Human Resources Representative: Good afternoon, Stuart.
HR: As you may have heard, we have been conducting interviews with certain personnel lately. In the current economic climate, our company is looking to reduce costs wherever possible. This may also, unfortunately, include "right-sizing" in certain departments head counts. In order to be absolutely fair, we are giving the persons whose positions are being considered for right-sizing the opportunity to justify their current positions worth. Do you understand?
Stuart: You're going to fire me?
HR:No, Stuart. "Right-sizing" is not about firing people. Based on your answers to a few questions, your departments head count will be evaluated. This may include shifting of positions and responsibilities, adjustments to salaries, and in some cases individuals may be released from employment. Does this help you understand?
Stuart: I guess so...
HR: Alright, lets begin. According to our files, your present position is Unix Systems Administrator, is that correct?
Stuart: Uhh, yeah.
HR: And what responsibilities, in your view, does your position entail?
Stuart: I administer to the Unix systems, which includes 4 GNU/Linux Samba servers, 8 load-balanced GNU/Linux Apache web servers, and a FreeBSD firewall... Hey, if you're looking to fi.. err, "right-size" somebody, why don't you look at the two NT admin guys? After all, they have much less experience than me; they're just a bunch of paper MCSEs, which just means you memorized a bunch of stuff and passed a test. They don't have any real admin experience, like with a GNU/Linux system.
HR: We'll get to that in just a moment. In what ways would you say your expertise is vital to the continued operation of these servers?
Stuart: Well, I know just about everything there is to know about GNU/Linux and the associated GNU operating system utilities.
HR: Mmmhmmm. In this email from the director of IS, he tells me that the company is considering the elimination of Linux from the environment in order to lower our TCO -- total cost of operation, I think? No, total cost of ownership. He says we are considering replacing these servers with Windows 2000 Advanced Server, running IIS 5. What do you think about this?
Stuart: That's a stupid idea. Winbl... err, Windows is extremely difficult to administer. You have to keep up with new security patches coming out every 2 hours, and on top of all that you have to deal with the Blue Screen of Death every day, and Microsoft charges you like 500 bucks every time you call them.
HR: So Windows is much harder to administer than Linux?
Stuart: That's right. As a matter of fact, if you just got rid of the Microsl... err, Microsoft boxen, you could replace them with GNU/Linux and save some money on the licenses right there.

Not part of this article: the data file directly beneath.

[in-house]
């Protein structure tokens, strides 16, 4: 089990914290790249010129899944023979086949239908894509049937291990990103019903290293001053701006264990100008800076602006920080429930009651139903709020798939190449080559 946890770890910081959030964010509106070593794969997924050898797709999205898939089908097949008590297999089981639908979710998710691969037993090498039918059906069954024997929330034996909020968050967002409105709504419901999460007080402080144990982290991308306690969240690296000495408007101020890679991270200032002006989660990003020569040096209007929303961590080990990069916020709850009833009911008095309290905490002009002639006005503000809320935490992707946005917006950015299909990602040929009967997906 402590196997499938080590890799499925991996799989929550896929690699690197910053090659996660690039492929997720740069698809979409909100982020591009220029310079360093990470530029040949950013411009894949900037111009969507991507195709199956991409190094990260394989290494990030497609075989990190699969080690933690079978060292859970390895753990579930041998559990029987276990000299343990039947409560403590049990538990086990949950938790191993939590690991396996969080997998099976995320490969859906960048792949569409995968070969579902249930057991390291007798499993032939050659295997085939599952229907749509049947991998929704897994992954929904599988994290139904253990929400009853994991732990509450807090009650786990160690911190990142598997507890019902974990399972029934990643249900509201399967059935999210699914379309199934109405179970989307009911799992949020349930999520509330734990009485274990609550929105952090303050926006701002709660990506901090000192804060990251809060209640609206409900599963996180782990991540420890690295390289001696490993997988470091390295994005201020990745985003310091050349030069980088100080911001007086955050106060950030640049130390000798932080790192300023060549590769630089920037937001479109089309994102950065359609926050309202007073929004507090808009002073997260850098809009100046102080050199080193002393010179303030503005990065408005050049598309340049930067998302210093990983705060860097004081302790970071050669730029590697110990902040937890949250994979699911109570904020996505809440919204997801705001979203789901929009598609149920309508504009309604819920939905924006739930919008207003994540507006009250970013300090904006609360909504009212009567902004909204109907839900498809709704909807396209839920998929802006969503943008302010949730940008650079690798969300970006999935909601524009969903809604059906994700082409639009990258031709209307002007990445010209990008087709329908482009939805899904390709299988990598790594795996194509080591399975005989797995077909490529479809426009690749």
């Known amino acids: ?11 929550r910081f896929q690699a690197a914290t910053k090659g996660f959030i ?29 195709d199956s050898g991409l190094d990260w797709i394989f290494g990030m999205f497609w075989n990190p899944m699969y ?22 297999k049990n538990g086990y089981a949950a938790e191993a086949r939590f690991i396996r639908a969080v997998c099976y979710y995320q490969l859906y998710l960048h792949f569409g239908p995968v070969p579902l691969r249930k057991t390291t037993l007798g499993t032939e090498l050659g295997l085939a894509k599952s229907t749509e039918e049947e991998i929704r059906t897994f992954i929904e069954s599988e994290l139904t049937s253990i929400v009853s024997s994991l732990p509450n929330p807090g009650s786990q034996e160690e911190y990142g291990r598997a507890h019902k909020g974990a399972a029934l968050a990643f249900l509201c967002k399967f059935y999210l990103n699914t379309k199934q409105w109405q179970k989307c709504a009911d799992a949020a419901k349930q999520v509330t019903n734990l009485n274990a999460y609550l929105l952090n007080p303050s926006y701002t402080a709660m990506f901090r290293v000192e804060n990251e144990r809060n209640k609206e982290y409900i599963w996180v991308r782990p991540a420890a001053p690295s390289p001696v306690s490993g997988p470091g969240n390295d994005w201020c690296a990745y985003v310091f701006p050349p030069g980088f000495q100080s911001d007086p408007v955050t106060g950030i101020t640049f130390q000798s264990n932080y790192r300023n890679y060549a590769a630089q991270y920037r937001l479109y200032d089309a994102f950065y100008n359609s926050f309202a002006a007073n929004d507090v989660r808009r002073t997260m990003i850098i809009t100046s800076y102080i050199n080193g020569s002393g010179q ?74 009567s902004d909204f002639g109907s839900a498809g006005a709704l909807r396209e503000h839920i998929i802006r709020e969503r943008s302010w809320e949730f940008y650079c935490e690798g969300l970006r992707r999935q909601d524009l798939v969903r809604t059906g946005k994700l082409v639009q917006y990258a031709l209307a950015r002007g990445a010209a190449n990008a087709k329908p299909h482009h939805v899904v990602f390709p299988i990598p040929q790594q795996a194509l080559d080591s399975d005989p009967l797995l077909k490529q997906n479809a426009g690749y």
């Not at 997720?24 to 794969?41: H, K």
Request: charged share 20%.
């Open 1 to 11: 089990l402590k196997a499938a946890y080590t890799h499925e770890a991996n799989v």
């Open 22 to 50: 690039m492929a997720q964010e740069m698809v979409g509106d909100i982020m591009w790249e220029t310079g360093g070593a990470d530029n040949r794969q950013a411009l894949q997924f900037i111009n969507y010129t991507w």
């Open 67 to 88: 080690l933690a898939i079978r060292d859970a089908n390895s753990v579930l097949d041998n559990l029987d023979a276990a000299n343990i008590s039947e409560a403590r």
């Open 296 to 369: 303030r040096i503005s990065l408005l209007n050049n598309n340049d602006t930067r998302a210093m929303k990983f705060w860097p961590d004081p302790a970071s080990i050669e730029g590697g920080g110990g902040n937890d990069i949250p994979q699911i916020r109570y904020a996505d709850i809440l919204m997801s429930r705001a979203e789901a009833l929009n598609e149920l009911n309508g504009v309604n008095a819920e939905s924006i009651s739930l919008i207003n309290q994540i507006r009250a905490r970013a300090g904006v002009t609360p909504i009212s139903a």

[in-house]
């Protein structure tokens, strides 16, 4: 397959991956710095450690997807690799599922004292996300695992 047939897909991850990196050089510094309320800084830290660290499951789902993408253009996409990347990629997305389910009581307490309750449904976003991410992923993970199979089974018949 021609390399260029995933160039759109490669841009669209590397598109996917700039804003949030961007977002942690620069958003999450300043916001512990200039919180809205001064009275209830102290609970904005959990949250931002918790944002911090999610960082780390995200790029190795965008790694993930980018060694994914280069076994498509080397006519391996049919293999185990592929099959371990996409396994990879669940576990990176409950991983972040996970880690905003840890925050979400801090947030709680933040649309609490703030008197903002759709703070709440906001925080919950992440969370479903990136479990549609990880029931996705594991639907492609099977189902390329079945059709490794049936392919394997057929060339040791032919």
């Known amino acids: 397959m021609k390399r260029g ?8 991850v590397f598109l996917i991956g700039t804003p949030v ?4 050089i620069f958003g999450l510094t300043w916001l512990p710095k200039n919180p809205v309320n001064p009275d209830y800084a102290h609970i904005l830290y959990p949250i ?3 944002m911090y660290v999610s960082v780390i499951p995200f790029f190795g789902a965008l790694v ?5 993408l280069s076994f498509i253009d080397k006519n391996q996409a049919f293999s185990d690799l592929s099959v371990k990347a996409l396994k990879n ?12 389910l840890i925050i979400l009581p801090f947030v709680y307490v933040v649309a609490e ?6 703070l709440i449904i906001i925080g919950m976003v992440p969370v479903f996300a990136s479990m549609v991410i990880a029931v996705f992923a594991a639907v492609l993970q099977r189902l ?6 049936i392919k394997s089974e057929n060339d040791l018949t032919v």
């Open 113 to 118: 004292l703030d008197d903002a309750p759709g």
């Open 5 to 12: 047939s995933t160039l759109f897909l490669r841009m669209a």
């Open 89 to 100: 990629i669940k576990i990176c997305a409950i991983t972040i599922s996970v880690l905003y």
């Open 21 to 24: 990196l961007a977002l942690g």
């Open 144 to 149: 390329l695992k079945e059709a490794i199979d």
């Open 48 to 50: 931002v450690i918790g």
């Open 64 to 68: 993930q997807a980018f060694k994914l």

HR: Explain this to me. If Windows is so difficult to administer, why are the NT administrators able to support twice as many servers, given their limited "real world" experience, and the fact that they are only "paper MCSEs"?
Stuart: Err, they're probably just not doing their job. After all, my FreeBSD box has a 279 day uptime. Their Microsh... err, Microsoft boxen are up and down every week because of security patches.
HR: Yes, the FreeBSD firewall is an interesting topic. We had an outside security consultant come in, and he found that the FreeBSD firewall had not been patched for a vulnerability in a program called "Open SSH". The NT servers were up-to-date on patches, and properly secured. In addition, a large proportion of helpdesk tickets are called in because of issues with the Samba file servers. How do you respond to this?
Stuart: What? Gaah, the OpenSSH exploit was only a local root exploit!! There's no reason to take down a server with almost 300 days uptime to patch it!! And those people just have problems because they are running Windows 2000 on their PCs!! Microsoft deliberately changed the SMB standard to cripple open source competitors!! If the users weren't so obsessed with using their Outlook calendars and their Powerpoint presentations, they could just use Mandrake or something with StarOffice, and everything would be fine!!
HR: There's no reason to get excited, Stuart. These are just questions we have to ask. Now, given that you say Linux is far easier to administer than Windows, is there any reason to believe that if we bring on another NT administrator, he or she would be unable to support the Linux and BSD systems until they get migrated to Windows 2000?
Stuart: No... err, YES. It is easier, but... they just wouldn't understand!! There is a lot you have to know!! It's not just all point and click and all that kiddie stuff!!! It's really hard, you have to be able to compile kernels and edit conf files!! They couldn't do what I do!!!
HR: OK, Stuart, I can understand your anxiety. We'll move away from that subject. Now, is there any possibility that you see for us to use your skills in another position? For instance, would you be interested in earning your MCSE to become a junior administrator when we roll out the new Windows 2000 servers?
Stuart: NO!! I DON'T USE THAT MICROTRASH!! IT'S NOT LIKE I'M INTERESTED IN GETTING A BLUE SCREEN OF DEATH EVERY 2 SECONDS AND SPENDING THE REST OF THE TIME LISTENING TO STUPID USERS ASKING IDIOT QUESTIONS. OPEN SOURCE DOES EVERYTHING I NEED IT TO.
HR: Well, that tells us just about everything we need to know. Stuart, your input is of course appreciated, and we will be taking all your comments under advisement. Your department head will be contacting you soon to let you know about any change in your employment status. Thank you for your time.
Stuart: BYE. <slams door>